A trip tried for mahi mahi inshore Friday aboard, but conditions were terrible, and none bit, said Capt. Joe Hughes from <b>Jersey Cape Guide Service</b> from Sea Isle City, affiliated with <b>Sea Isle Bait & Tackle</b>. But this is the time of year for the angling.

With <b>Fins and Feathers Outfitters</b> from Avalon, a trip attempted to troll for mahi mahi at 28-Mile Wreck on Saturday but turned back, Capt. Jim said. One of the anglers was becoming seasick. Wind only blew 15 knots then, but built to 20 or 25 on the way in. The trip trolled the ocean for about 5 miles on the way in. But the water was dirty. Blue water was yet to be seen when the trip reached 25 miles out, when the boat was turned back. Chum and bait were also stowed aboard for sharking, if the trip had fished 28-Mile Wreck.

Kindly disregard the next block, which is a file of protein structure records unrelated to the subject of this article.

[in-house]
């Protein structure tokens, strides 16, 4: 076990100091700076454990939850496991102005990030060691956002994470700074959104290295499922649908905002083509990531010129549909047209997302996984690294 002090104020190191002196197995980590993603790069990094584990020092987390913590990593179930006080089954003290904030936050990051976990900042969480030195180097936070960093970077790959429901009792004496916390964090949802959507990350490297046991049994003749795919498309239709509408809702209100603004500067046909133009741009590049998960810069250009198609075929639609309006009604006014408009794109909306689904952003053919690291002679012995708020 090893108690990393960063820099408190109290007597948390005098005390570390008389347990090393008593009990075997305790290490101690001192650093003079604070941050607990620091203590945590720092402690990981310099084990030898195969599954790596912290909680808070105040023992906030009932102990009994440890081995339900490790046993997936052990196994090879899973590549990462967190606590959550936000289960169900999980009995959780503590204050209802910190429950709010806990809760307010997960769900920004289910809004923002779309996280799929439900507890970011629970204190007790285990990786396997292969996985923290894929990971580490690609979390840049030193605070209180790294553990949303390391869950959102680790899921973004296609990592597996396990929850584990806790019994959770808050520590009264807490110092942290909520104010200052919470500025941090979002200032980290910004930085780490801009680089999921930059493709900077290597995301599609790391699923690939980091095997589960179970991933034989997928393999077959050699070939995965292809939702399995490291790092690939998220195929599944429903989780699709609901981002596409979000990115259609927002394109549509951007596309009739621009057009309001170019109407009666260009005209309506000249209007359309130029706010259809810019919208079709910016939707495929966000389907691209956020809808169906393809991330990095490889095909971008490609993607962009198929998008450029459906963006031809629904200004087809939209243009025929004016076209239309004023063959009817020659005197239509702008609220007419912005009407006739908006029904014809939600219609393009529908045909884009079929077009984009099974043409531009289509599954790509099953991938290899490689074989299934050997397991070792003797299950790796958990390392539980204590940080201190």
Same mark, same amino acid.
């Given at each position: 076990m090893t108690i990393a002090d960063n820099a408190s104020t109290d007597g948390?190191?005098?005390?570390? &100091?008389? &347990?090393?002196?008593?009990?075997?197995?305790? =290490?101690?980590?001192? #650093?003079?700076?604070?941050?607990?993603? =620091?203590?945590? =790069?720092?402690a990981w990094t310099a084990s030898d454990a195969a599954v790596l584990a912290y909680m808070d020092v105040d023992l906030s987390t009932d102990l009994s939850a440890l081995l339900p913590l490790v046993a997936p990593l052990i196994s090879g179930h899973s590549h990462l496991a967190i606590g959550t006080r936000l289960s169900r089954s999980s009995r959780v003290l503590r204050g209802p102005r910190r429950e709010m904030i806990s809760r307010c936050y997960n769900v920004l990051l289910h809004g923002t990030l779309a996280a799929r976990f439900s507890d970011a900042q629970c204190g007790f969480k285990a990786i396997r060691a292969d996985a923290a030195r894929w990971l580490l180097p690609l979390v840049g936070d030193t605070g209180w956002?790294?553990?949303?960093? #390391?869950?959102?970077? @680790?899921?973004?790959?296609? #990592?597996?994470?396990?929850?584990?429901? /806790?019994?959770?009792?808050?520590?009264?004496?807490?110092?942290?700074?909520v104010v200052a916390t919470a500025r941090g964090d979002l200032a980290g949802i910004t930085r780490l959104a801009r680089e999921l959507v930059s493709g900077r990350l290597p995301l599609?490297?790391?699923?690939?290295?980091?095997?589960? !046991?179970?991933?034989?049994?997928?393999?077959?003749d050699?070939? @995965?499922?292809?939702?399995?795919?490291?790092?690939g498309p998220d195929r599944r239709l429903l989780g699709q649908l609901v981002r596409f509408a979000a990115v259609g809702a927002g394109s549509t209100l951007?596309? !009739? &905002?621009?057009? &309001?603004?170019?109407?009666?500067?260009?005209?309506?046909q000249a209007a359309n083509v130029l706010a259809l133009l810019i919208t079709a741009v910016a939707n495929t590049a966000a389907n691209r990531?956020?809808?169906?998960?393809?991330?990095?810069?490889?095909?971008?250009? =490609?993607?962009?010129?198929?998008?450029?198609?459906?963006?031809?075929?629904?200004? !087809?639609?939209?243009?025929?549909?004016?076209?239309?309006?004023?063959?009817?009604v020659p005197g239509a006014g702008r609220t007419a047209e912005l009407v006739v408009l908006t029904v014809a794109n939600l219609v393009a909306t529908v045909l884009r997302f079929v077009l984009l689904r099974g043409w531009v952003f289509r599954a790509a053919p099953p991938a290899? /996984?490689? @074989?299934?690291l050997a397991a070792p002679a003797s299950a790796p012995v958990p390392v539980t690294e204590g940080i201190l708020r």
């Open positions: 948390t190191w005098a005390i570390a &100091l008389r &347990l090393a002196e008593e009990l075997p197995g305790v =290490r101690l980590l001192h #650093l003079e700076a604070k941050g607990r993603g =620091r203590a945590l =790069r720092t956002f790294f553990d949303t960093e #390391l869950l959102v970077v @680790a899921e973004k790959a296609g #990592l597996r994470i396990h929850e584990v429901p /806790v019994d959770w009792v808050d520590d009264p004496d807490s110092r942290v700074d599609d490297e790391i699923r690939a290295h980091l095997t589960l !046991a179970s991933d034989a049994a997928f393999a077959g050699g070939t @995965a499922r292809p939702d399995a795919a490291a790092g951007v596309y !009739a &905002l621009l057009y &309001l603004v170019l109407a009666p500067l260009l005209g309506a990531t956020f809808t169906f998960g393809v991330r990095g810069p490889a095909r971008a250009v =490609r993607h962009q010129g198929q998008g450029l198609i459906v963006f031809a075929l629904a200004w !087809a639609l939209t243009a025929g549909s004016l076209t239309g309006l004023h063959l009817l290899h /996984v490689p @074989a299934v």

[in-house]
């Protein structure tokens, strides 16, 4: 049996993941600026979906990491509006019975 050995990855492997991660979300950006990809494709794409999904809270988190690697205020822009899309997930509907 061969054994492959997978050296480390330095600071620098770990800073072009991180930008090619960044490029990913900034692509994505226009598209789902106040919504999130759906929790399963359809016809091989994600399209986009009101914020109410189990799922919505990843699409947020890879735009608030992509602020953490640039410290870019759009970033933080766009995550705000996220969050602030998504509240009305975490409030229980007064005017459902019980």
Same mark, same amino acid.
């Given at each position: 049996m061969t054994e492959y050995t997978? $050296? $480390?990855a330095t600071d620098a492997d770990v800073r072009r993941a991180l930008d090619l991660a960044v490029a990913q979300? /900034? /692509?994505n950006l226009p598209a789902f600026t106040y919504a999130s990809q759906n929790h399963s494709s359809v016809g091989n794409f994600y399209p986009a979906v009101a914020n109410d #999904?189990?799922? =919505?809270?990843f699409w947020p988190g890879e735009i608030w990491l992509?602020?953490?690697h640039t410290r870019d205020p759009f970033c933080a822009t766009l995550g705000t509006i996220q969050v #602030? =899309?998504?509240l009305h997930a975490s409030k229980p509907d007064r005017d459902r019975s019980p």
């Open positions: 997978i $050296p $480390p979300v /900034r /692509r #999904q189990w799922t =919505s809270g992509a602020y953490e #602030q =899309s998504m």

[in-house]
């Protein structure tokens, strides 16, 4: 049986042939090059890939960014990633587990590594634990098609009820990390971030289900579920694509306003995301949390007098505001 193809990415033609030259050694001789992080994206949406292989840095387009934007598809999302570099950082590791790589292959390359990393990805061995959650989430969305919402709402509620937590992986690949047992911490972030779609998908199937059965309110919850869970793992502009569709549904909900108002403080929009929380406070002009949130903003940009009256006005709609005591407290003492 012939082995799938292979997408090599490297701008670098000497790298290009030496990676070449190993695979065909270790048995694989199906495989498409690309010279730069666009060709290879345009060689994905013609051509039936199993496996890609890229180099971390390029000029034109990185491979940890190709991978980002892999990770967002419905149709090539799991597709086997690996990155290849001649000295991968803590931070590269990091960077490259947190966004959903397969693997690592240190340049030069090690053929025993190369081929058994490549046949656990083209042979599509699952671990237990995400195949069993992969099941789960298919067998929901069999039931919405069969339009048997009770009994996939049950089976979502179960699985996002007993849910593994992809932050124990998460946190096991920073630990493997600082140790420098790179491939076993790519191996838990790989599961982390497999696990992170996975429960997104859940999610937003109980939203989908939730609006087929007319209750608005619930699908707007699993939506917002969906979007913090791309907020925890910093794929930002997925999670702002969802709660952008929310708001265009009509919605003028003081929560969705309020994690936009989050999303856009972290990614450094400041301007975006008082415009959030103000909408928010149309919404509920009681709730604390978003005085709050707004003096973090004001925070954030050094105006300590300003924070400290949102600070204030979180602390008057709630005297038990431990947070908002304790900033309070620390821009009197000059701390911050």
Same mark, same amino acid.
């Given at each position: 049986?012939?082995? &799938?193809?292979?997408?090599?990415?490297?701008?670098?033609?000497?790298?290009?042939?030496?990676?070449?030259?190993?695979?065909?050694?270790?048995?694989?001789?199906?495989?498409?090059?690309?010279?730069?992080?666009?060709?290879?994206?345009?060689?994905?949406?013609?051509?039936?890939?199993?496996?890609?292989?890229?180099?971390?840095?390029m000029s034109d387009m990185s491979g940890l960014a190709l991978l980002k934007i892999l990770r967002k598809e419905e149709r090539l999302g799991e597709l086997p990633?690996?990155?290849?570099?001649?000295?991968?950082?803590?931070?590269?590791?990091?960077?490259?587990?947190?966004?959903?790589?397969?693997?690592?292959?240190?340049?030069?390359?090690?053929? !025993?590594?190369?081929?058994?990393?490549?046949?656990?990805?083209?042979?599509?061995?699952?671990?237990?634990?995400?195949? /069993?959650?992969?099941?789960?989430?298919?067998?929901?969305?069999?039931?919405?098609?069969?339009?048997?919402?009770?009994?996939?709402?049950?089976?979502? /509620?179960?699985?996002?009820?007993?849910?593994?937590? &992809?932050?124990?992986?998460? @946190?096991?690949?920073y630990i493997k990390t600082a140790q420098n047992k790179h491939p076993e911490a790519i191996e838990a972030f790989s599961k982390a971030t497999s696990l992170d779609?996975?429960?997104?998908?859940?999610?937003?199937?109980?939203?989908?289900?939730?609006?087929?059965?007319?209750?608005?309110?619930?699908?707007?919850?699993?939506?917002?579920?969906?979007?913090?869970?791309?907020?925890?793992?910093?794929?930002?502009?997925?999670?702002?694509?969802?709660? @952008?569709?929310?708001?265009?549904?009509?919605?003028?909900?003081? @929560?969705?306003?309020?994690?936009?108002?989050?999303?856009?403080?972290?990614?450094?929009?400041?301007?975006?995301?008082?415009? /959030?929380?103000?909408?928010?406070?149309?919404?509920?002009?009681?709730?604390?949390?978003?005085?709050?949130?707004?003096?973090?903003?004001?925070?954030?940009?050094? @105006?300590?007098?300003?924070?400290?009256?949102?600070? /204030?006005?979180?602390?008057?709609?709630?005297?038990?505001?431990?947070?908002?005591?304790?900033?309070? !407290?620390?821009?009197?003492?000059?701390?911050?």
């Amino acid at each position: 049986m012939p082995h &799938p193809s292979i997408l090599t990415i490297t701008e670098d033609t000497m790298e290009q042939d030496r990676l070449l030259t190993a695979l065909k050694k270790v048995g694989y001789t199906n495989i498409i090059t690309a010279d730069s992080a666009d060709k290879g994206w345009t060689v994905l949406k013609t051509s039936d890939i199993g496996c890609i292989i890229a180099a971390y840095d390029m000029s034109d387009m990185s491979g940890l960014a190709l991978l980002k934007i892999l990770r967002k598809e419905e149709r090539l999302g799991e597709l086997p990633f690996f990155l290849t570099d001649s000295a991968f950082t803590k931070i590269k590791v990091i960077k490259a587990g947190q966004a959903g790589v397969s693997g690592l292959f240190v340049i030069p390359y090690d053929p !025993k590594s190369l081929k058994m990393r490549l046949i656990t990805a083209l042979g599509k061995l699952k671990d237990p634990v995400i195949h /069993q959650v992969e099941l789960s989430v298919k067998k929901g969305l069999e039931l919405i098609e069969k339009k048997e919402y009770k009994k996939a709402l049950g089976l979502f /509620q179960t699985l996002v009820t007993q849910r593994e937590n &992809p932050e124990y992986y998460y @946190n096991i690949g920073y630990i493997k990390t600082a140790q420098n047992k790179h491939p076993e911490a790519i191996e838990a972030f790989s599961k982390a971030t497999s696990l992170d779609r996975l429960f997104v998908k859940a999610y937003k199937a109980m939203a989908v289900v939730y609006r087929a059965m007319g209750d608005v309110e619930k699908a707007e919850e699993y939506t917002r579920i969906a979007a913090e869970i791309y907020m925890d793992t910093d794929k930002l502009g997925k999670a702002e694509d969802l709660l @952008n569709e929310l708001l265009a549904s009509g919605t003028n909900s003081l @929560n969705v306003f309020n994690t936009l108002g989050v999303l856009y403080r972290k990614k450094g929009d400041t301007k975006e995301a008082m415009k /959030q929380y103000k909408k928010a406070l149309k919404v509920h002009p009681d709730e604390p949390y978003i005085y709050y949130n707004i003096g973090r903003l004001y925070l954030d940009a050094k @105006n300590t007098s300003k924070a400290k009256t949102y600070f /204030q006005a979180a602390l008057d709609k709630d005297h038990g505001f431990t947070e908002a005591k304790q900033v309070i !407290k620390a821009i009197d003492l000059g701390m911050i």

<b>Cape May Inlet</b>

A mess of bluefish and Spanish mackerel were trolled Wednesday at 5-Fathom Bank on the <b>Heavy Hitter</b> from Cape May, Capt. George said. A trip last week on Thursday chunked a yellowfin tuna, a mahi mahi, a small hammerhead shark and a couple of false albacore on the inshore ocean aboard. Telephone if interested in any of this fishing.

A tuna trip was weathered out Monday with <b>Fishin’ Fever Sportfishing</b> from Cape May, Capt. Tom said. More tuna trips were slated for this week, and tuna were still around, being chunked and trolled. Farther from shore at the canyons, white marlin fishing was fairly good, and some blue marlin were fought. Mahi mahi fishing was super at the canyons. Charters and open-boat trips are fishing.

Tuna fishing sounded spotty at best at midshore lumps and places like Massey’s Canyon and the Tea Cup, said Nick from <b>Hands Too Bait & Tackle</b> in Cape May. The fish seemed not too close and not too far away. A few were picked here and there, better on overcast days. Marlin held at offshore canyons.